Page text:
Nadal A et al. The pancreatic beta-cell as a target of estrogens and xenoestrogens: Implications for blood glucose homeostasis and diabetes. Mol Cell Endocrinol. 2009 May 25;304(1-2):63-8. Epub 2009 Mar 9.

Copyright 2010 Vreni Gurd

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Osteoporosis. What has posture got to do with it?


The bone-thinning disease that affects so many in their older years may be helped by ensuring one is actually putting weight through the bones while standing or sitting.

Before I get into this topic, I want to let you know that I have created a
Wellness Tips Page
on Facebook, where I post and comment on various health articles I find interesting. Would love to see you there!

We have probably all seen photos of what the inside of bone looks like – kind of like honeycomb with lots of tiny holes. This keeps bone light and strong, with the boney web lining itself up according to the forces put through the bone. In someone with osteoporosis the holes in the web of bone become bigger, and the bone that forms the web becomes thinner making the bone more prone to fracture.

In the upper spine where fractures are common, a vertebrae may simply crush through the weakest area of the bone web, usually changing the shape of the vertebrae to a wedge forcing more roundness in the upper back and the head to come forward. Unfortunately, when one vertebrae is crushed, it makes the others more prone due to the change in forces going through the area. These vertebrae fractures can be excruciatingly painful. The other common fracture sites are the neck of the femur (the long bone in our thigh at the top close to where it attaches to the pelvis) and the wrist.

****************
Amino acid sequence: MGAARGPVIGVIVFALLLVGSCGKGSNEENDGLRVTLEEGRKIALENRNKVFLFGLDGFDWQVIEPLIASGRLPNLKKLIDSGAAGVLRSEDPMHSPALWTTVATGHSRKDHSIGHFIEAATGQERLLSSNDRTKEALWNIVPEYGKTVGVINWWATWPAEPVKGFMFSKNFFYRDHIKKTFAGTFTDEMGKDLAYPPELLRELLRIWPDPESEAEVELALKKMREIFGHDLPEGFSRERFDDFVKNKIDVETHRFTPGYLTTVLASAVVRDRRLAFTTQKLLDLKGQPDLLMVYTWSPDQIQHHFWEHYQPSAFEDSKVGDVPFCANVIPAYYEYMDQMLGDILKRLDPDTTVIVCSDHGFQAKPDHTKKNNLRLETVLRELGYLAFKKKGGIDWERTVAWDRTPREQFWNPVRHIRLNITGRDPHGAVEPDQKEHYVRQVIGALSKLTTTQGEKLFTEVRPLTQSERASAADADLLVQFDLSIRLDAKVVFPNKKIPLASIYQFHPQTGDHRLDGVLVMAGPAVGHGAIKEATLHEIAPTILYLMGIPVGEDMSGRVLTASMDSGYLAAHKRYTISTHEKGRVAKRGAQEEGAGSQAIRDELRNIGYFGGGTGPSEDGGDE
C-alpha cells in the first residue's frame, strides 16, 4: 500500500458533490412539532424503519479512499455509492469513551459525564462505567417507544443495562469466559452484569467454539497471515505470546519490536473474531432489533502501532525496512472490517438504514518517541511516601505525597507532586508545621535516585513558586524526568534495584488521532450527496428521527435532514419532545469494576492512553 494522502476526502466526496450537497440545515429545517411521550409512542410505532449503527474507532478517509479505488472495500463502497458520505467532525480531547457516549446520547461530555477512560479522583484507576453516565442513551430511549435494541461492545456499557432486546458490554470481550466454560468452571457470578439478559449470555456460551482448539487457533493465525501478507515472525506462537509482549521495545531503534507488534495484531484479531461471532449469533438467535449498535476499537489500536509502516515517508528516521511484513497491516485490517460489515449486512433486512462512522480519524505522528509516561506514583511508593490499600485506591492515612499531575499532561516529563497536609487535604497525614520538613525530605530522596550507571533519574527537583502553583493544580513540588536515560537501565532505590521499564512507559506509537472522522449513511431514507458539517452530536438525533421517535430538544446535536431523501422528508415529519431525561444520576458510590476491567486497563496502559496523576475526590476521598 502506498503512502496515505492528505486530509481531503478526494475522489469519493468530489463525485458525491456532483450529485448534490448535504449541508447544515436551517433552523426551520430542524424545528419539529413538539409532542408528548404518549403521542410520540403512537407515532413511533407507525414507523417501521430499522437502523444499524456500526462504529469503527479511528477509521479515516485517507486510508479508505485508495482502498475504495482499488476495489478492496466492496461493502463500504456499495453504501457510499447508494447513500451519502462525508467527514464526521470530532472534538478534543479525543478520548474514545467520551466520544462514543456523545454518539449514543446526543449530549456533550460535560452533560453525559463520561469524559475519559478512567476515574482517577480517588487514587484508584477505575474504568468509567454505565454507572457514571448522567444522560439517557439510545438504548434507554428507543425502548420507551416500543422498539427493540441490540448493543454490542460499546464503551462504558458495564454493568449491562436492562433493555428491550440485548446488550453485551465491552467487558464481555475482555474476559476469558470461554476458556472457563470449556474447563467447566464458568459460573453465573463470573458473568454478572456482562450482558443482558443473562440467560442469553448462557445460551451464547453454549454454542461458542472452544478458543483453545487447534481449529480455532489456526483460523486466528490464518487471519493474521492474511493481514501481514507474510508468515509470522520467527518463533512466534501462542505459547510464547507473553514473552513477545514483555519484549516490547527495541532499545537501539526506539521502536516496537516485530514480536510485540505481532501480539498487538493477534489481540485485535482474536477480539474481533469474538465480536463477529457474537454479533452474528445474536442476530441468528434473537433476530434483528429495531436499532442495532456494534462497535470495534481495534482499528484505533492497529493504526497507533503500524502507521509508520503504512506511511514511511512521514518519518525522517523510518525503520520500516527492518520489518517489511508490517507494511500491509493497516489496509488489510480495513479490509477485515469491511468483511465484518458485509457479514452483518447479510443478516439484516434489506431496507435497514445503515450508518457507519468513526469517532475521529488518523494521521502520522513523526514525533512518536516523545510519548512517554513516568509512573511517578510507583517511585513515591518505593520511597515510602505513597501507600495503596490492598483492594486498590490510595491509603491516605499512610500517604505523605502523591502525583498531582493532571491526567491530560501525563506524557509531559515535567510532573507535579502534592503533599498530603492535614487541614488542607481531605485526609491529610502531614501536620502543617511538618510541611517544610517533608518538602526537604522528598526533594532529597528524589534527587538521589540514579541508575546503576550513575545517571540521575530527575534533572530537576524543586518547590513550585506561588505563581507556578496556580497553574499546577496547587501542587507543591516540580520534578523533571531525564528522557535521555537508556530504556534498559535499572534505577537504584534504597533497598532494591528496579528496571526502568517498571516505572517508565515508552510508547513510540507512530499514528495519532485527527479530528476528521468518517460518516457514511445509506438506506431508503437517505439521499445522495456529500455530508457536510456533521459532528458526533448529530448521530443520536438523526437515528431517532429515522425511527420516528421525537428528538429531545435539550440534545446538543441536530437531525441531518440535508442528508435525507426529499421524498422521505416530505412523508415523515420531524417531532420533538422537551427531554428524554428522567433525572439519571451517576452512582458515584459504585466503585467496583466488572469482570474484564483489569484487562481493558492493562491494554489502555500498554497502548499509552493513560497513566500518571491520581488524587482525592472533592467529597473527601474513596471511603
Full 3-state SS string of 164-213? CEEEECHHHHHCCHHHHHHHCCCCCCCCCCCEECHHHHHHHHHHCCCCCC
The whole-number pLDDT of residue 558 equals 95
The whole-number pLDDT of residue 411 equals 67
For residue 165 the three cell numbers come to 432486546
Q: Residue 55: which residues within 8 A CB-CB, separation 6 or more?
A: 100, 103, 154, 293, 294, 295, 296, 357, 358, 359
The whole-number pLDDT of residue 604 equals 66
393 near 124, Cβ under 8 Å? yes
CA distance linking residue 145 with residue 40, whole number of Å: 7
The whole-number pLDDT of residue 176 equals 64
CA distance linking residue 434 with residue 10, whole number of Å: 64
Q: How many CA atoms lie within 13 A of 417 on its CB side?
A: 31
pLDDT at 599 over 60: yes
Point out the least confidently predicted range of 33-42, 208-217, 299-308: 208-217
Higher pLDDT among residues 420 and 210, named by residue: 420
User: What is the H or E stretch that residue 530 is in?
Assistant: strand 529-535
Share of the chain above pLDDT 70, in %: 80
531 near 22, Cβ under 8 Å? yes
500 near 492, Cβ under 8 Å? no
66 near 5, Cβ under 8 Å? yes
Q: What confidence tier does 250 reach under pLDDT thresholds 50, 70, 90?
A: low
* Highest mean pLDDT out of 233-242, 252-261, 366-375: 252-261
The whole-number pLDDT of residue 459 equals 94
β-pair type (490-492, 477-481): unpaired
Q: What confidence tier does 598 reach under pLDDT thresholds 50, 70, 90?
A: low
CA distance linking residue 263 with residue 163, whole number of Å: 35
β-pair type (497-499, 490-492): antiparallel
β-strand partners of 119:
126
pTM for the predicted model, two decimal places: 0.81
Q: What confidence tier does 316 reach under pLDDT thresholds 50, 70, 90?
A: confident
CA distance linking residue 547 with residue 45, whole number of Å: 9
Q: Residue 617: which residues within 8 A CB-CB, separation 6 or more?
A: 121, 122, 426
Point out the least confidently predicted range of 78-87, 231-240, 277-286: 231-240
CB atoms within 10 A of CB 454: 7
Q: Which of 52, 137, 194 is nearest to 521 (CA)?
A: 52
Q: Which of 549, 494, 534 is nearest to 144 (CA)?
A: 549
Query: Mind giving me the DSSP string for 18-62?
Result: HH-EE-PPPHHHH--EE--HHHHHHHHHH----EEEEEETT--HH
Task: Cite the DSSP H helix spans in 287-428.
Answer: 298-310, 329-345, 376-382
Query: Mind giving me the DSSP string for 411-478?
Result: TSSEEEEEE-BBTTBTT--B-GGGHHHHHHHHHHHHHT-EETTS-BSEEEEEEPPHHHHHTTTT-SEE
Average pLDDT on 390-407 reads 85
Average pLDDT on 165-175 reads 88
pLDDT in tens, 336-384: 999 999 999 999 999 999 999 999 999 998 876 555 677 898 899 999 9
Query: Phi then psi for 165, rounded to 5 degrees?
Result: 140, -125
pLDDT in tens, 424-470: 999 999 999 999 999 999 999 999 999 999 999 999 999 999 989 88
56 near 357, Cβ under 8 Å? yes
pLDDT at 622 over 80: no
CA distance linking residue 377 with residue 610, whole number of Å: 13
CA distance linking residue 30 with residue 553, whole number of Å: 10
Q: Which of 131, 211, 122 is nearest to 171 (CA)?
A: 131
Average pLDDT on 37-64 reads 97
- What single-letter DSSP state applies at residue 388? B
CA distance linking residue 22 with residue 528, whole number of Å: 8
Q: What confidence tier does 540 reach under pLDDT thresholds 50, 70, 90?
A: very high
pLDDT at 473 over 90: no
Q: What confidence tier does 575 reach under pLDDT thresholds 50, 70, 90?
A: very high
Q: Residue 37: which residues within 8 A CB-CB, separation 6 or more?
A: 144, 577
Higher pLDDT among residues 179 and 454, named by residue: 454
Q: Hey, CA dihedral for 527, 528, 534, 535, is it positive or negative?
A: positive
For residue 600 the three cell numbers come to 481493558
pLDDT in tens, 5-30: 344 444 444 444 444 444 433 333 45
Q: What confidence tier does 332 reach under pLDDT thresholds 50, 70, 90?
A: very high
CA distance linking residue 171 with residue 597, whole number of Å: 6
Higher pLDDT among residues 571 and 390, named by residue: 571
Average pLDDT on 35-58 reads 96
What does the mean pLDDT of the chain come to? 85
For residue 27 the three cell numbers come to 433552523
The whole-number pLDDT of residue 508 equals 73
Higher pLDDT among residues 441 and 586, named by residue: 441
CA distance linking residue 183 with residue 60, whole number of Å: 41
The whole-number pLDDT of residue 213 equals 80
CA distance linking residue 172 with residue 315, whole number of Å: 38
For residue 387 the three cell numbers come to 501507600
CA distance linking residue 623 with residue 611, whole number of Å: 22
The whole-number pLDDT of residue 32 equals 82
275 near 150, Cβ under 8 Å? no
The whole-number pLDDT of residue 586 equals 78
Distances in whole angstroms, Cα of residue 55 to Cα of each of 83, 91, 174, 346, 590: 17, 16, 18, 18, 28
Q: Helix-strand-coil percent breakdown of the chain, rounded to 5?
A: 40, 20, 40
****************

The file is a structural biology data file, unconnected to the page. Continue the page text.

Mechanical stress going through the bones helps the boney matrix create bone to counteract those stresses, which is why “weight-bearing exercise” is strongly suggested to keep bones strong. Exercise aside, I have noticed that many people’s natural standing posture does not actually put much weight through the bones. The pelvis is often shifted forward, the ribcage is tilted back, and the head is forward. When I stand behind a person standing this way and push slowly but forcefully down both shoulders, the body tends to buckle sending the pelvis even further forward and the ribs further back. This suggests that the weight is going through the soft tissue rather than through the bones. Maybe the first step to maintaining and building bone mass is to make sure one is standing in a way that actually loads the bones!

The goal is to stack the bricks by trying to become as tall as possible, reaching the base of the skull up. Most people will need to bring their pelvis back to find their full height, which will in turn straighten ribcage. The pelvis should be directly over the legs in such a way that the thigh and buttock muscles are not contracting. You know you've got it right when there is no buckling in the body when someone pushes slowly but forcefully down on the shoulders. I find I can actually feel the pressure going through the bones when this is done to me.